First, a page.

including but not limited to programs serving students who may be from
immigrant backgrounds and are English learners.
14. Defendant, the State of Alabama, is a state of the United States that
entered the Union as the 22nd State in 1819.
15. Defendant, Governor Robert J. Bentley, is the Governor of Alabama,
and is being sued in his official capacity.
STATEMENT OF THE CLAIM
Federal Authority and Law Governing Immigration and Status of Aliens
16. The Supremacy Clause of the Constitution mandates that “[t]his
Constitution, and the Laws of the United States which shall be made in Pursuance
thereof . . . shall be the supreme Law of the Land . . . any Thing in the Constitution
or Laws of any State to the Contrary notwithstanding.” U.S. Const., art. VI, cl. 2.
The Constitution affords the federal government the power to
“establish an uniform Rule of Naturalization,” U.S. Const., art. I § 8, cl. 4, and to
“regulate Commerce with foreign Nations,” U.S. Const., art. I § 8, cl. 3. Further,
the federal government has broad authority to establish the terms and conditions
for entry and continued presence in the United States, and to regulate the status of
aliens within the boundaries of the United States.
The Constitution affords the President of the United States the
authority to “take Care that the Laws be faithfully executed.” U.S. Const., art. II
§ 3. Further, the President has broad authority over foreign affairs. Immigration
law, policy, and enforcement priorities are affected by and have impacts on U.S.
foreign policy, and are themselves the subject of diplomatic arrangements.
Congress has exercised its authority to make laws governing
immigration and the status of aliens within the United States by enacting the
various provisions of the INA and other laws regulating immigration. Through the
INA, Congress set forth the framework by which the federal government
determines which aliens may be eligible to enter and reside in the United States,
which aliens may be removed from the United States, the consequences for
unlawful presence, the penalties on persons who violate the procedures established
for entry, conditions of residence, and employment of aliens, as well as the process
by which certain aliens may ultimately become naturalized citizens of the United
States. See 8 U.S.C. § 1101 et seq. The INA also vests the executive branch with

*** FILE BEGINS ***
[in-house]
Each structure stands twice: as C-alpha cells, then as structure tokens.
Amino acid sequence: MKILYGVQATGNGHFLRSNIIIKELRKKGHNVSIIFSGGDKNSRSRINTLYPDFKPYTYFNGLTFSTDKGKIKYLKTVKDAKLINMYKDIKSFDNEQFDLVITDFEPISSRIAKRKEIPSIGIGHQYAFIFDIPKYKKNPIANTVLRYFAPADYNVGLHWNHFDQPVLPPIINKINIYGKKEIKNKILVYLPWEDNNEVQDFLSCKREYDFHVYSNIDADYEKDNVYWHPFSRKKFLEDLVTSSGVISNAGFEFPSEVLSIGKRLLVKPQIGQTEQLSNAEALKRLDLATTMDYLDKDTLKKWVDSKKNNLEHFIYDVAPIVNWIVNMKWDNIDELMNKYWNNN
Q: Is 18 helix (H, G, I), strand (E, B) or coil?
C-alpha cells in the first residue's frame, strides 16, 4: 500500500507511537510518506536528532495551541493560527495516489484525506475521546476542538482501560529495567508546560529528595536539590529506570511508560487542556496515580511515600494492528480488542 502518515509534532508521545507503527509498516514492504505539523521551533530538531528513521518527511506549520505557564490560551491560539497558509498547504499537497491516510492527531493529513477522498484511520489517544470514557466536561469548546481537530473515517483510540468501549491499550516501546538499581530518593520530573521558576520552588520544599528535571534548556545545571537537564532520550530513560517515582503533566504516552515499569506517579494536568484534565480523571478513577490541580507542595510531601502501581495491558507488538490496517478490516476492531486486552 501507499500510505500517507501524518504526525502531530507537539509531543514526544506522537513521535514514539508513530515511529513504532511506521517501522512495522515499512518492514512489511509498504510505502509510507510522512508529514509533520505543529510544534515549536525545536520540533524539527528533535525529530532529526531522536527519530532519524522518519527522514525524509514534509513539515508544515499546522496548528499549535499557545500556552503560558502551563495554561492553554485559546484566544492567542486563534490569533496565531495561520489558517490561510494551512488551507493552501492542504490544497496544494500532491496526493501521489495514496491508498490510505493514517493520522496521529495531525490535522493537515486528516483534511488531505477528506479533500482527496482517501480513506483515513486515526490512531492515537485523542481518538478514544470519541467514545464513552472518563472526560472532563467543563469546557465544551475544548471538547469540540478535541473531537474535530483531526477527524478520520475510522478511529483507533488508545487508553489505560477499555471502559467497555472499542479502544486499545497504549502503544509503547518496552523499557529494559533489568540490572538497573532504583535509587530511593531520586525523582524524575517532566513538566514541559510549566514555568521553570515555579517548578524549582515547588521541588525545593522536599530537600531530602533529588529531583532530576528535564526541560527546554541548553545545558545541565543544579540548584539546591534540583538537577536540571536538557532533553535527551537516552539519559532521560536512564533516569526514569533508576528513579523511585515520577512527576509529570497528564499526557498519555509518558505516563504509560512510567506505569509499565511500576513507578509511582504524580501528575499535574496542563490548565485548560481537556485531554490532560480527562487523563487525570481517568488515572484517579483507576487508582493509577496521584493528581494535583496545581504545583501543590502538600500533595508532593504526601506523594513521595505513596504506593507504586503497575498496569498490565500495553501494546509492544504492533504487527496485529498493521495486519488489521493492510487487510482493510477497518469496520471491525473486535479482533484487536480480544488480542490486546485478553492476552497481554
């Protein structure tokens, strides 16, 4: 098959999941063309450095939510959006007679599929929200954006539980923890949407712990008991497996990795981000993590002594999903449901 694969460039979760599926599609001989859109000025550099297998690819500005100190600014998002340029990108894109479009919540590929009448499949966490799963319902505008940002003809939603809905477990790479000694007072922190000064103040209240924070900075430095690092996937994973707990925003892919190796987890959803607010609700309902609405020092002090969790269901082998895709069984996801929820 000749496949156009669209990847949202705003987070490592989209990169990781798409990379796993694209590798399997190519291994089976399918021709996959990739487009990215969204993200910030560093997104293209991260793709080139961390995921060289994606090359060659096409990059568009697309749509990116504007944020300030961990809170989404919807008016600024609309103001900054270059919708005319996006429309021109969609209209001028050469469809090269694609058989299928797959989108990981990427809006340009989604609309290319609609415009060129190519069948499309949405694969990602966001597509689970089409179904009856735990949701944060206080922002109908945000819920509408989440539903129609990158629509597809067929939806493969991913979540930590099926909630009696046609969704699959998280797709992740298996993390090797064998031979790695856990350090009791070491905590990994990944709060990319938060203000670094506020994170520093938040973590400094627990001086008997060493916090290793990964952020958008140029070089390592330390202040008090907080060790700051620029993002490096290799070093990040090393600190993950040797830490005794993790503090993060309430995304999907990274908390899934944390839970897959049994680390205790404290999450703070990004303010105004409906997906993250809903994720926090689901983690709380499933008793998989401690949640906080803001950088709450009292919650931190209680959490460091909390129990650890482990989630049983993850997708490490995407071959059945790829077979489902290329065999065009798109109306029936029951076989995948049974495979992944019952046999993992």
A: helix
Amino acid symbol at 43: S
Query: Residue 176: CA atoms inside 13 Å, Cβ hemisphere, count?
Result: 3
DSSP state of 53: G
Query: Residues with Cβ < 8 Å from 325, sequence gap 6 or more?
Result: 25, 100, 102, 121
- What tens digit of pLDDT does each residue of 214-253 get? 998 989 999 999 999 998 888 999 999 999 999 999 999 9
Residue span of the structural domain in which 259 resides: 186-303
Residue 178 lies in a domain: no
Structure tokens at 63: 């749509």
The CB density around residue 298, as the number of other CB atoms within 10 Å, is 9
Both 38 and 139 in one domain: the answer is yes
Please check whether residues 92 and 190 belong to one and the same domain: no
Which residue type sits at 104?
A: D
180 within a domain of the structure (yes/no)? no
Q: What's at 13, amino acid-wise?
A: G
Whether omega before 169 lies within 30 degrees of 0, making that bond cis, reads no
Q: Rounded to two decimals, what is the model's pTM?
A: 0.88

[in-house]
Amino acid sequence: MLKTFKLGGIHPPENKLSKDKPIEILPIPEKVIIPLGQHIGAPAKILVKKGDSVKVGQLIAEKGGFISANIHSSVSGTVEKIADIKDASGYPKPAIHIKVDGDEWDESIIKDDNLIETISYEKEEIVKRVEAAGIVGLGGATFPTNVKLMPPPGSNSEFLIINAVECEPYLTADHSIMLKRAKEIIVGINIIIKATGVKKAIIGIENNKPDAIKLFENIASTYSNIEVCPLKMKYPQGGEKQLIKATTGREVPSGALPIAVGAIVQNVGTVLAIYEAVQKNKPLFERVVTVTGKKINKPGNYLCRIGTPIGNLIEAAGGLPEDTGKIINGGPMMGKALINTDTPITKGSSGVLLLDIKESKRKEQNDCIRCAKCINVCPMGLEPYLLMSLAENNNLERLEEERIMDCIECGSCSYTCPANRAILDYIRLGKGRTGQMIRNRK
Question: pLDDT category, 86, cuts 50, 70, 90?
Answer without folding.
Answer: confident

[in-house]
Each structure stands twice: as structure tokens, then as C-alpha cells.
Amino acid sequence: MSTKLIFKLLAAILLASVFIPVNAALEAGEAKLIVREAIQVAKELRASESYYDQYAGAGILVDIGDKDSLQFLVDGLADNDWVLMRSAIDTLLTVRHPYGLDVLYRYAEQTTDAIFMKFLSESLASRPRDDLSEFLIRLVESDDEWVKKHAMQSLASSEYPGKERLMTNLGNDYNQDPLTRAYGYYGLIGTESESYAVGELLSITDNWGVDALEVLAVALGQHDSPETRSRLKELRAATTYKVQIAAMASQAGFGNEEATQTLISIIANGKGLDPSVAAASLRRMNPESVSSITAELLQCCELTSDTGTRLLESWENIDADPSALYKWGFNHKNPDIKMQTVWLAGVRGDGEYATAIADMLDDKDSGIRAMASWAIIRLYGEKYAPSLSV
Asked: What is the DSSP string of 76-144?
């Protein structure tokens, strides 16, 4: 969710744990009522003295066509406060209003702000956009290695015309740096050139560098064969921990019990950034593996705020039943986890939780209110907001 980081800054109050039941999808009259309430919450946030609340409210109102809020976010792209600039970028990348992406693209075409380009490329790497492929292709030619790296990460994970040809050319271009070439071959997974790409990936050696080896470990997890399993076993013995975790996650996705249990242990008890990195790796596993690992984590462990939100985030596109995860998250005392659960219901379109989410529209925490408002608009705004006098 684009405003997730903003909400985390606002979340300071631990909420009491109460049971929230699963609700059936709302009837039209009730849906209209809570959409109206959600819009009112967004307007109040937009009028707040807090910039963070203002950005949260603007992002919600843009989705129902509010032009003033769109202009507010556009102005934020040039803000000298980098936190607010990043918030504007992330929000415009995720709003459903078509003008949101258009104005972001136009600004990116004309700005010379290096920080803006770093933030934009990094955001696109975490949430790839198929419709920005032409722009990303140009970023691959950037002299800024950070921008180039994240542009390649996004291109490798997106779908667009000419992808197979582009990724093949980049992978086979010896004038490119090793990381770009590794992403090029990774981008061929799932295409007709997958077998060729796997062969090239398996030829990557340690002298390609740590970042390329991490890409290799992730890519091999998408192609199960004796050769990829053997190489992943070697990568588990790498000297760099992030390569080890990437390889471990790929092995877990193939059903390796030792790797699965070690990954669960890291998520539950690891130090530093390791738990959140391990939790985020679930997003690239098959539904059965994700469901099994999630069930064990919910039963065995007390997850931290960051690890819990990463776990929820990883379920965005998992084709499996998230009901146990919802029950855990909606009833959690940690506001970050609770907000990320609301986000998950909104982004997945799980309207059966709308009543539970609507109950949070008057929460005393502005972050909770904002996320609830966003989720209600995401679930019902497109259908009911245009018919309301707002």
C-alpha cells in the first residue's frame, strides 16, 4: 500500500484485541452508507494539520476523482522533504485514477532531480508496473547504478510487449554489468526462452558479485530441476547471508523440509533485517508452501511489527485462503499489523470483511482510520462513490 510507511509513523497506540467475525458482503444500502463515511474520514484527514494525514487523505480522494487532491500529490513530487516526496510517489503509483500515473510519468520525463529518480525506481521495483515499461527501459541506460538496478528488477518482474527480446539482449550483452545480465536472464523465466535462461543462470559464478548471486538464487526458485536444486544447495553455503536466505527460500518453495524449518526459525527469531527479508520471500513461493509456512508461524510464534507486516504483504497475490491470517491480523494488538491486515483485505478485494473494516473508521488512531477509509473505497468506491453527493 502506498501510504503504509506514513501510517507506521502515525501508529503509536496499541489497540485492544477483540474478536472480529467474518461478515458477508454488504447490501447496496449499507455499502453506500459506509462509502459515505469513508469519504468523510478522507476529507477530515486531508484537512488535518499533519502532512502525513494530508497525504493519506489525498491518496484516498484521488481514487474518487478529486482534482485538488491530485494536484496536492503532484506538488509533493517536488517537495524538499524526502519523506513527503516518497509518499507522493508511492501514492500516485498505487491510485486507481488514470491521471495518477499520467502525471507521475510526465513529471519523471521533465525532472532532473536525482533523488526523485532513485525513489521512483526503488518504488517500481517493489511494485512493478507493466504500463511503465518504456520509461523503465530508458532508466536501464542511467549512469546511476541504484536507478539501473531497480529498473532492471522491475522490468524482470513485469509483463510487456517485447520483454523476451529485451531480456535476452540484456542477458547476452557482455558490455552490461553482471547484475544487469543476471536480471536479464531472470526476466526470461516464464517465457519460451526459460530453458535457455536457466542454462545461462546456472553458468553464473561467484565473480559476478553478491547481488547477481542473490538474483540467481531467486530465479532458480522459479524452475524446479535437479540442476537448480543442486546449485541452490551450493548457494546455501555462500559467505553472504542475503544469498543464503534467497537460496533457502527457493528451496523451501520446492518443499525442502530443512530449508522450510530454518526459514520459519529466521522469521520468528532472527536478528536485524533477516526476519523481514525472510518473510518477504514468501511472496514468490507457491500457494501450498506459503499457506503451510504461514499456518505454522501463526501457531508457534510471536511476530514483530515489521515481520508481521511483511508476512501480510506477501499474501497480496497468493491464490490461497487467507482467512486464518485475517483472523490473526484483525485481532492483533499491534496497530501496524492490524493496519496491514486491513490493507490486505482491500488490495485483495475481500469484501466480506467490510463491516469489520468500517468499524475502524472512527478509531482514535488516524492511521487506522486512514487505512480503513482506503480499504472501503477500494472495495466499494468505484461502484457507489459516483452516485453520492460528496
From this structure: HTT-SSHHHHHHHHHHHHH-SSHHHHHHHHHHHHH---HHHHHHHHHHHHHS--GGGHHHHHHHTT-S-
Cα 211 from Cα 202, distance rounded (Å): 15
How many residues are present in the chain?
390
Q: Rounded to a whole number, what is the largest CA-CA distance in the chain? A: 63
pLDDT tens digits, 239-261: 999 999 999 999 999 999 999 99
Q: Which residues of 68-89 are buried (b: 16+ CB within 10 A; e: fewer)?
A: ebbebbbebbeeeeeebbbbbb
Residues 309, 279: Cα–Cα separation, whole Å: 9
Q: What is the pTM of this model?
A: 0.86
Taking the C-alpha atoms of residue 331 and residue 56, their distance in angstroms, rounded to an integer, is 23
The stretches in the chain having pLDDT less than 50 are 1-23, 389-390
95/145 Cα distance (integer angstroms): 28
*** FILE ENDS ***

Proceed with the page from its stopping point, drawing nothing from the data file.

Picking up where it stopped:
considerable discretion in enforcing the provisions of the federal immigration laws,
generally allowing federal agencies to ultimately decide whether particular
immigration remedies are appropriate in individual cases.
In exercising its significant enforcement discretion, the federal
government prioritizes for arrest, detention, prosecution, and removal those aliens
who pose a danger to national security, a risk to public safety, or threaten border
security. Consistent with these enforcement priorities, the federal government
focuses its enforcement resources on aliens engaged in or suspected of terrorism or
espionage; aliens convicted of crimes, with a particular emphasis on violent
criminals, felons, and repeat offenders; certain gang members; aliens subject to
outstanding criminal warrants; and aliens who are repeat re-entrants or fugitives
from immigration courts, especially those with criminal records.
In crafting federal immigration law and policy, Congress has
necessarily taken into account multiple and often competing national interests.
Assuring effective enforcement of the provisions against illegal immigration and
unlawful presence is a highly important interest, but it is not the only goal of the
federal immigration laws. The laws also take into account other uniquely national
interests, including facilitating trade and commerce; welcoming those foreign
nationals who visit or immigrate lawfully and ensuring their fair and equitable
treatment wherever they may reside; responding to humanitarian concerns at the
global and individual levels; and otherwise ensuring that the treatment of aliens
present in our nation does not harm our foreign relations with the countries from
which they come or jeopardize the treatment of U.S. citizens abroad. Because
immigration control and management is “a field where flexibility and the
adaptation of the congressional policy to infinitely variable conditions constitute
the essence of the program,” U.S. ex rel. Knauff v. Shaughnessy, 338 U.S. 537, 543
(1950) (internal citations omitted), Congress vested substantial discretion in the
President and the responsible federal agencies to adjust the balance of these
multiple interests as appropriate — both globally and in individual cases.
Congress has tasked the Executive Branch with overseeing significant
portions of the United States’ immigration interests, and has provided each with